Government support and pro-active logistics sector help meet challenges
A recent analysis by the Dubai Chamber of Commerce and Industry revealed that e-retail companies in the UAE have succeeded in these times of high online demand and disrupted supply chains.
The companies have even managed to achieve benefits beyond the domestic market to include neighbouring markets as well.
The analysis, based on updated data from Euromonitor attributed this digital success to government initiatives, the presence of modern infrastructure and a strong logistics sector.
The analysis reviewed the percentage of goods that are not in stock in 38 major economies around the world, and monitored the levels of inventory for the major e-commerce platforms, and the daily percentage of stock keeping units (SKUs) that were marked as goods not available on the retailer websites for each country.
The data shows that the UAE occupies an advanced position globally, due to its pivotal position on the global trade map, its large storage capacity and its extensive logistical networks which contributed to record low percentages of materials that were out of stock before the outbreak of the epidemic (3.4% on January 21 2020).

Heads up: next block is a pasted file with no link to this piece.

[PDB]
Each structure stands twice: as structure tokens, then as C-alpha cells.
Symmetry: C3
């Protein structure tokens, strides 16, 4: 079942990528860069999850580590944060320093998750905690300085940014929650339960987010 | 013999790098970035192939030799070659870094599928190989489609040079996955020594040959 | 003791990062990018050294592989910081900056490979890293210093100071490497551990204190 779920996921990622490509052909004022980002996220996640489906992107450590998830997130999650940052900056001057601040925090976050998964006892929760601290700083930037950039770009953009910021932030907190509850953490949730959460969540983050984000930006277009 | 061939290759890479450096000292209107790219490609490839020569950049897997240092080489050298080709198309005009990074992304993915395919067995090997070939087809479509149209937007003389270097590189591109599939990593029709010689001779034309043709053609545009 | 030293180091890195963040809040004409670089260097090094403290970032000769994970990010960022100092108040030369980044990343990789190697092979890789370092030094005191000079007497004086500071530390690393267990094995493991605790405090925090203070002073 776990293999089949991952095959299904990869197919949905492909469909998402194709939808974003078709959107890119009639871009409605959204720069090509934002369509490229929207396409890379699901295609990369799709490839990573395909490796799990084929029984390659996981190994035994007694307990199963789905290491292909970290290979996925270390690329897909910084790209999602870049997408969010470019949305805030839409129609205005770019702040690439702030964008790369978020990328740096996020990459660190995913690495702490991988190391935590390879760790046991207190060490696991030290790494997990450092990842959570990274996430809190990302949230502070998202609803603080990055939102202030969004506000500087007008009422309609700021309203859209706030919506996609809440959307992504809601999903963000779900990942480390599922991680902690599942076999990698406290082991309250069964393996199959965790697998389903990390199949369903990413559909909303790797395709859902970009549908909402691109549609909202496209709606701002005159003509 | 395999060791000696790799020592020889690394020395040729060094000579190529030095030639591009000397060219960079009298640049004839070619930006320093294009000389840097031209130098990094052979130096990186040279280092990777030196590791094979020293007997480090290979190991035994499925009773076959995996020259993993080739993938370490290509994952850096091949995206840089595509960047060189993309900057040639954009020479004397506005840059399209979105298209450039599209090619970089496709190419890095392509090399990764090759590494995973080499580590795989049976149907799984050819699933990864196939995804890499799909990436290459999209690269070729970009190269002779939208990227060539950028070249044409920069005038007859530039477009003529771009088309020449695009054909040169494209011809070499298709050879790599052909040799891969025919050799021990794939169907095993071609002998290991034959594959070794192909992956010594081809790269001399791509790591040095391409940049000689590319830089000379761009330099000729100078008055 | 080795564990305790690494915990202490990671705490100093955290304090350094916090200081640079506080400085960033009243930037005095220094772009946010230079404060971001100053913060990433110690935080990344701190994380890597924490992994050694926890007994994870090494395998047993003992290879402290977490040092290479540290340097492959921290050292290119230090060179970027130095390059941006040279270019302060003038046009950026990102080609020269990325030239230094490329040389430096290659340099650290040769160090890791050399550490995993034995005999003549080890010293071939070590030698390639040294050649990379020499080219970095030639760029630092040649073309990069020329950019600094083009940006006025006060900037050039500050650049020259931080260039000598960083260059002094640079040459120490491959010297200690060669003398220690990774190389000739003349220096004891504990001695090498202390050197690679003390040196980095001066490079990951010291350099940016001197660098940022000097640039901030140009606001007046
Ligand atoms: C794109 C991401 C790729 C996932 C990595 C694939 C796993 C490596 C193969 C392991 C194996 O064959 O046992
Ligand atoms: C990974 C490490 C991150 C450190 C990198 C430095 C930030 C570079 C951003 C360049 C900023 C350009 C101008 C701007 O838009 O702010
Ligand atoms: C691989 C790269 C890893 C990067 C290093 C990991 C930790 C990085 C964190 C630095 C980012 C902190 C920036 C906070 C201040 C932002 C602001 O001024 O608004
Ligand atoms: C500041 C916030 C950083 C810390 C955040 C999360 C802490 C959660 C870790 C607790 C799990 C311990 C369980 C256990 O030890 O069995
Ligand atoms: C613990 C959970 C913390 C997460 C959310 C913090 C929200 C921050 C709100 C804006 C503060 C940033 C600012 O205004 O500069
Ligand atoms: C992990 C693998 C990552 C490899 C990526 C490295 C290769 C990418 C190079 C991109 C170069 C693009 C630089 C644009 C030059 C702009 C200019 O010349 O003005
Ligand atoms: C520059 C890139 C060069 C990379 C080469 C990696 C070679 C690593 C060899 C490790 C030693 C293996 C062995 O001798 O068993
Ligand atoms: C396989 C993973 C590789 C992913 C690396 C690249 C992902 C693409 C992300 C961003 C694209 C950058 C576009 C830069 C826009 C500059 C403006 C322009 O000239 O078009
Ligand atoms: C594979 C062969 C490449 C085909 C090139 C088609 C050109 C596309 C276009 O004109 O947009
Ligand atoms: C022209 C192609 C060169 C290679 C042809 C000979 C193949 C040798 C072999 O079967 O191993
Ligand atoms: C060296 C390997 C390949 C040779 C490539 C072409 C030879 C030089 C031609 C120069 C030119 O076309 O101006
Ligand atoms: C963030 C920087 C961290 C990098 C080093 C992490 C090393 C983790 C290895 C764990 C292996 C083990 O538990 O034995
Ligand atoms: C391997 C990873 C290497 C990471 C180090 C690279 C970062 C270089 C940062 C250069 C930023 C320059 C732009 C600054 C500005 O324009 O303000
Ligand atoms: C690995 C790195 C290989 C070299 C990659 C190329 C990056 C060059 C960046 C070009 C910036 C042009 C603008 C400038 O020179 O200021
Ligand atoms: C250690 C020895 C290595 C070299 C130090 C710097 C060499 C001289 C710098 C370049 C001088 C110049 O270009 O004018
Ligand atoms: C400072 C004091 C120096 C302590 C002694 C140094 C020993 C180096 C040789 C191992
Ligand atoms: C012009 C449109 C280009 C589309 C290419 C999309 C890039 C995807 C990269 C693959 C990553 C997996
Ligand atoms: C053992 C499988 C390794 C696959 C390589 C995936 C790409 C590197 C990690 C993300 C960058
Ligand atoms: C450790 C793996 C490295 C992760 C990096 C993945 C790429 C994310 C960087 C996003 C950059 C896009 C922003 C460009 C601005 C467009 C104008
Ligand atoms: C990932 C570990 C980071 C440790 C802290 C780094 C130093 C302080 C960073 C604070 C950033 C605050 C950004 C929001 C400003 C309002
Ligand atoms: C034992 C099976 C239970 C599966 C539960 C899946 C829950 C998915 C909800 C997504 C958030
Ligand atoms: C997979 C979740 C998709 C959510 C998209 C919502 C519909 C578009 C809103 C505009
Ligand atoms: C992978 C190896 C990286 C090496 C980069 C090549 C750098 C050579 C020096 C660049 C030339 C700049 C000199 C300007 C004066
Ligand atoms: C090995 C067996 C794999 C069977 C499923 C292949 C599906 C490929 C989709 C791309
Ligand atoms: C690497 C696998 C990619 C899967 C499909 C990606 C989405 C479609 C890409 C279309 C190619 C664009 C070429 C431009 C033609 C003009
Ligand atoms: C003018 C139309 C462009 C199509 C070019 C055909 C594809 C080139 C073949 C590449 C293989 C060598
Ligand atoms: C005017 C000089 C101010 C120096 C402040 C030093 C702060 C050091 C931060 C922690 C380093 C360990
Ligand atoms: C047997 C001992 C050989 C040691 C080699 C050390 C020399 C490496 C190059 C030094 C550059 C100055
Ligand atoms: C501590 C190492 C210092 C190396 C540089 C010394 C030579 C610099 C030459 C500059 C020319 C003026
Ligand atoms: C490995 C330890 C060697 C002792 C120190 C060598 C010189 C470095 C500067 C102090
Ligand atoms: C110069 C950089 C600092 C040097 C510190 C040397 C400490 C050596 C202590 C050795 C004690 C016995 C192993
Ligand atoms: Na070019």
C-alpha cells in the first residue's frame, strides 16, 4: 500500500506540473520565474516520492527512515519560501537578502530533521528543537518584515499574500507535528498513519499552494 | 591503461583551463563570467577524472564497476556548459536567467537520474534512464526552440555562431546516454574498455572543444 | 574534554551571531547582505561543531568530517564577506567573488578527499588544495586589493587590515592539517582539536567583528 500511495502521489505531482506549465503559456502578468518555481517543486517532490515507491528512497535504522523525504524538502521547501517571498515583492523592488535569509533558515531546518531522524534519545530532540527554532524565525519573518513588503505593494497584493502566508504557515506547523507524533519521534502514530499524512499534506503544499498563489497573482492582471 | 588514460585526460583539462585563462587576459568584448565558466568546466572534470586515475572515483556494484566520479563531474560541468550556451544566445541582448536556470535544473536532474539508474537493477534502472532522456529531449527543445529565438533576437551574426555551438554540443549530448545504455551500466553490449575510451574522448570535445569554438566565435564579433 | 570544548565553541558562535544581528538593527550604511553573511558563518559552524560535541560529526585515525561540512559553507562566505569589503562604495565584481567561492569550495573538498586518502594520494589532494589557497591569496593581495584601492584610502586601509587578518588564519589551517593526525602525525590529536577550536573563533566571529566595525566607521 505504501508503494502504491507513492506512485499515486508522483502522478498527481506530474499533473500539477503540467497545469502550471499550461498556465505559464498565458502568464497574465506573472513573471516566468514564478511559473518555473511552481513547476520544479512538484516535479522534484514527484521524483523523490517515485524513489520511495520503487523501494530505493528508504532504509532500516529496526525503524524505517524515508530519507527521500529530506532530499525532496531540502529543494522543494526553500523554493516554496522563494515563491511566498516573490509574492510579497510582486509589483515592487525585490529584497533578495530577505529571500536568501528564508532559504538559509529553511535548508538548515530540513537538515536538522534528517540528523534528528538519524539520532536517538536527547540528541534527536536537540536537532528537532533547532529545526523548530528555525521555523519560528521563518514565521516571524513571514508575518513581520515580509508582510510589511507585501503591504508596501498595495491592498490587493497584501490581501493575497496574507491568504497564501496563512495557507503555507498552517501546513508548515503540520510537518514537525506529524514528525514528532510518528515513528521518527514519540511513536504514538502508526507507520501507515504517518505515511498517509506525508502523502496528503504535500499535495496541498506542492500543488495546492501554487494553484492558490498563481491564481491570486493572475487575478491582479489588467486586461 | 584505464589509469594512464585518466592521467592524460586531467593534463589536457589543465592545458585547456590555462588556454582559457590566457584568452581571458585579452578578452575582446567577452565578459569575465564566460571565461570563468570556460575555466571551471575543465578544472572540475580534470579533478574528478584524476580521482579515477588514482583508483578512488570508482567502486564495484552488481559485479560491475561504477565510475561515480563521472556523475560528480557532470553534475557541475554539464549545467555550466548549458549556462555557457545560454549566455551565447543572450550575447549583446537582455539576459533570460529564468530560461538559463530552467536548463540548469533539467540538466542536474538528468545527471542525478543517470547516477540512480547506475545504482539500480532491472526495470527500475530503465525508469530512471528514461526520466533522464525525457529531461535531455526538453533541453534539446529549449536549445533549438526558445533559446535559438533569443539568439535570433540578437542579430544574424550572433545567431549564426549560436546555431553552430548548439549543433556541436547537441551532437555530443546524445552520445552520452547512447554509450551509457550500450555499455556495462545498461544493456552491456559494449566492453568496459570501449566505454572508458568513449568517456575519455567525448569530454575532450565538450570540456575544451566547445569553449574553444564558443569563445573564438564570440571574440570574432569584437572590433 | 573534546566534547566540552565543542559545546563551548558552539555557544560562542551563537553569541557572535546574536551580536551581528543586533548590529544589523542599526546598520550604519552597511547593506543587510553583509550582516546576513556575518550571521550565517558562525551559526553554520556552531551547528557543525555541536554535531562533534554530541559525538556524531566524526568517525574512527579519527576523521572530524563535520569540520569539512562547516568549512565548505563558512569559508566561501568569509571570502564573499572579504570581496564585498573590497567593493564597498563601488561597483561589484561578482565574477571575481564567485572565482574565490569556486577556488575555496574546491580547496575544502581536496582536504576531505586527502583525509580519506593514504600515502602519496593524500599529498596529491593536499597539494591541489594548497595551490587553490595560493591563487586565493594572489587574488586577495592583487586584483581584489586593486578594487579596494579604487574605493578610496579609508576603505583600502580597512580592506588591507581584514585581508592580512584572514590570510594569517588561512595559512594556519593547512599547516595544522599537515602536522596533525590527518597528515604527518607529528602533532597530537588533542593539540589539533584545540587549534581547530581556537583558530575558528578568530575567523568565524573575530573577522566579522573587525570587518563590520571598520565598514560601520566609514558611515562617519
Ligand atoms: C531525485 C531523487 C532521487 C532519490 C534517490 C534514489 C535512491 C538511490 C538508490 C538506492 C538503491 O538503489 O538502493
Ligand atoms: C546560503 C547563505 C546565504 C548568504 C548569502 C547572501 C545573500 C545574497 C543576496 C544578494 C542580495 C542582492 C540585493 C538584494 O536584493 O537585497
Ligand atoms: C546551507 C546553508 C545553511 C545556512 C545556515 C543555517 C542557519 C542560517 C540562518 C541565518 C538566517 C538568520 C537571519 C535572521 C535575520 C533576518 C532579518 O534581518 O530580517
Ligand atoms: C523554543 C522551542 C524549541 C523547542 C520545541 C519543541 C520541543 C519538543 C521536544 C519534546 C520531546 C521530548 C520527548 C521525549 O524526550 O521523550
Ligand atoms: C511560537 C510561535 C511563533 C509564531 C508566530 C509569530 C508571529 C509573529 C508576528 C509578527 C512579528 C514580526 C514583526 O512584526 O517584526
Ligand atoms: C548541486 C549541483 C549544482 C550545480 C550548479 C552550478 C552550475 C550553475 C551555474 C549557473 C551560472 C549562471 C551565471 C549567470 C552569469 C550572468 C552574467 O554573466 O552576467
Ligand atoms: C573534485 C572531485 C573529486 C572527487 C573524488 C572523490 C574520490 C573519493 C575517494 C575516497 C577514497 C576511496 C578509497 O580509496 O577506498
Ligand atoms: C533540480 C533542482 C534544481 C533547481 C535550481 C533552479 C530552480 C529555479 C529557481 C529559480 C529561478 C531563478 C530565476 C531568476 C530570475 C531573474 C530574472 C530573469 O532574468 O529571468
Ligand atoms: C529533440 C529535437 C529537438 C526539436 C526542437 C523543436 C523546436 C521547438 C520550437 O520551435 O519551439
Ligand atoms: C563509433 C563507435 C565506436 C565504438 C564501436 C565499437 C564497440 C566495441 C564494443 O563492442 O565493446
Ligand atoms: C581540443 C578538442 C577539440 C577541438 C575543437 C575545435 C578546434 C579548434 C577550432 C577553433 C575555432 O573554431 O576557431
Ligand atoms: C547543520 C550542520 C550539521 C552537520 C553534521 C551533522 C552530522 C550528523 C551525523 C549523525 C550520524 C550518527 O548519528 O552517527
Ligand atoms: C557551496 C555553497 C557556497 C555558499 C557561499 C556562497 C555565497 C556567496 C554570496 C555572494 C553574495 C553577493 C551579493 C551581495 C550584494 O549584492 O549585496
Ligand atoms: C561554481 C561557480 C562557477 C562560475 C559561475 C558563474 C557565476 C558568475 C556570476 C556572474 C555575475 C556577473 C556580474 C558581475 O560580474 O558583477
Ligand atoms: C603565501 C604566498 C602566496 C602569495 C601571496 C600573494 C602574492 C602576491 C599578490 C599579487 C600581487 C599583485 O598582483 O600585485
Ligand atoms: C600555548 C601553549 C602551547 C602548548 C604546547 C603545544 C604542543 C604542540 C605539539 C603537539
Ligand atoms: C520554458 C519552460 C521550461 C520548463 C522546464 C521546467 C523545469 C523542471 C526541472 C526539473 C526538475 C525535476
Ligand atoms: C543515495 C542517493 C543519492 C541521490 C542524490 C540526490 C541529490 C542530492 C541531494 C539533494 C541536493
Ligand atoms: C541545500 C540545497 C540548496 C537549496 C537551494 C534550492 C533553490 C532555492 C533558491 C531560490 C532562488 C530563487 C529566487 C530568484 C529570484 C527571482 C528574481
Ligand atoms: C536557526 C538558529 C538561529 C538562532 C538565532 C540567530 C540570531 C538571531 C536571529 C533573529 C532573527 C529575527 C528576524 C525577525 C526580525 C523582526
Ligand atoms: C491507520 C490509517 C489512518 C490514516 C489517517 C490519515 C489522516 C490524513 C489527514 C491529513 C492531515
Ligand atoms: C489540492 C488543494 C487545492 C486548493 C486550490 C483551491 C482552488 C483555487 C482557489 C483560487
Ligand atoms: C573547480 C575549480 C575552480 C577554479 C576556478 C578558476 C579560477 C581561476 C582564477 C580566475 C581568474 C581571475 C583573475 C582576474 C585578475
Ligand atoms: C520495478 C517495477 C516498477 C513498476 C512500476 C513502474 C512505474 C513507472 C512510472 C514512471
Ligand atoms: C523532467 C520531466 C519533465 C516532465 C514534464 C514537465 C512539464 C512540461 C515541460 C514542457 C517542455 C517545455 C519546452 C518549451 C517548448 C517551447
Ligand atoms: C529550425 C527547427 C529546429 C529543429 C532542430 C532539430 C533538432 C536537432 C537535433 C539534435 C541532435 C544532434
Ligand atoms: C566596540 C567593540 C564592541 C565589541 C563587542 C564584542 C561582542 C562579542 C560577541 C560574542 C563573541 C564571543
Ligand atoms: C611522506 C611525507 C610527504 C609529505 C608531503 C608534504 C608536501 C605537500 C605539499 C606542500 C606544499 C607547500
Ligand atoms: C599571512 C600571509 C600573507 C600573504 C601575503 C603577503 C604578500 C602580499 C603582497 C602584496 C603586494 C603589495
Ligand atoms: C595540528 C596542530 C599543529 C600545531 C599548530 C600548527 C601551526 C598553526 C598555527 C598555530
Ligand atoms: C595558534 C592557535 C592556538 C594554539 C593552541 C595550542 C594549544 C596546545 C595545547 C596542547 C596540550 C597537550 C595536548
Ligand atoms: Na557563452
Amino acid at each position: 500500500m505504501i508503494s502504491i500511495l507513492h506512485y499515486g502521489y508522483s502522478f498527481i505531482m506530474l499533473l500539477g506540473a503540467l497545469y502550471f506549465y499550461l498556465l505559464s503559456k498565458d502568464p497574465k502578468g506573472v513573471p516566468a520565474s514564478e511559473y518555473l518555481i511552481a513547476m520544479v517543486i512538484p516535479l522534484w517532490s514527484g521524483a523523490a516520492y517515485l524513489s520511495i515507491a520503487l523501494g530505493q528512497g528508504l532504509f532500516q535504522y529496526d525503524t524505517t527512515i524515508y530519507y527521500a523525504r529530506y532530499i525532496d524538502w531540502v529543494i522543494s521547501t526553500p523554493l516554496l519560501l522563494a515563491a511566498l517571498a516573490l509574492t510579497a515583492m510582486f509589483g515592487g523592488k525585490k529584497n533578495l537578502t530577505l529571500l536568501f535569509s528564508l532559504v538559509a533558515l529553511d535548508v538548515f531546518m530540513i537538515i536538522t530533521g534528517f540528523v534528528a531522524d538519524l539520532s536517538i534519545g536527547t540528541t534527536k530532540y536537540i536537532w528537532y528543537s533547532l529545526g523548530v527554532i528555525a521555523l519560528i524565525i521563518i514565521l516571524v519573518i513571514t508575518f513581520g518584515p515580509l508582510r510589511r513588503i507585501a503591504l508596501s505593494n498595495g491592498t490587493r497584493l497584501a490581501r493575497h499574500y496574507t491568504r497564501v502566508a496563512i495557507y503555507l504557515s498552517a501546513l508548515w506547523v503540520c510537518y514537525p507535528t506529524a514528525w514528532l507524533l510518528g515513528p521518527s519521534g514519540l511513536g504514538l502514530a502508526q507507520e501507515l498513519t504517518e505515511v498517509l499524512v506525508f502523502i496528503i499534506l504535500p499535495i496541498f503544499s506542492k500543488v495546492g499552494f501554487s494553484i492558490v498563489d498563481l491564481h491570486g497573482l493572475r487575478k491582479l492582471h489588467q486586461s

The country's position further advanced after the outbreak of the epidemic, as unified exceptional measures taken by the government and logistics companies helped to ensure the continuous flow of necessary materials during the emerging pandemic.
This resulted in a decrease of out-of-stock percentage to just 1.8% by April 21 making UAE occupy the sixth position in the world, surpassing many developed economies.
The benefits of the UAE’s strong logistics and warehousing sector extend beyond the domestic market to neighboring markets, for example, Saudi Arabia, which has a similar low rate of 2.2%, given that the Kingdom is the top regional trading partner for the UAE.
The emerging market economies in general recorded a low percentage of the basic materials that ran out of stock because most of their products are obtained locally.
Developed markets have longer supply chains as large part of their requirements come from abroad. This explains why the great impact of the emerging epidemic is more evident in e-commerce supply chains in Europe and North America.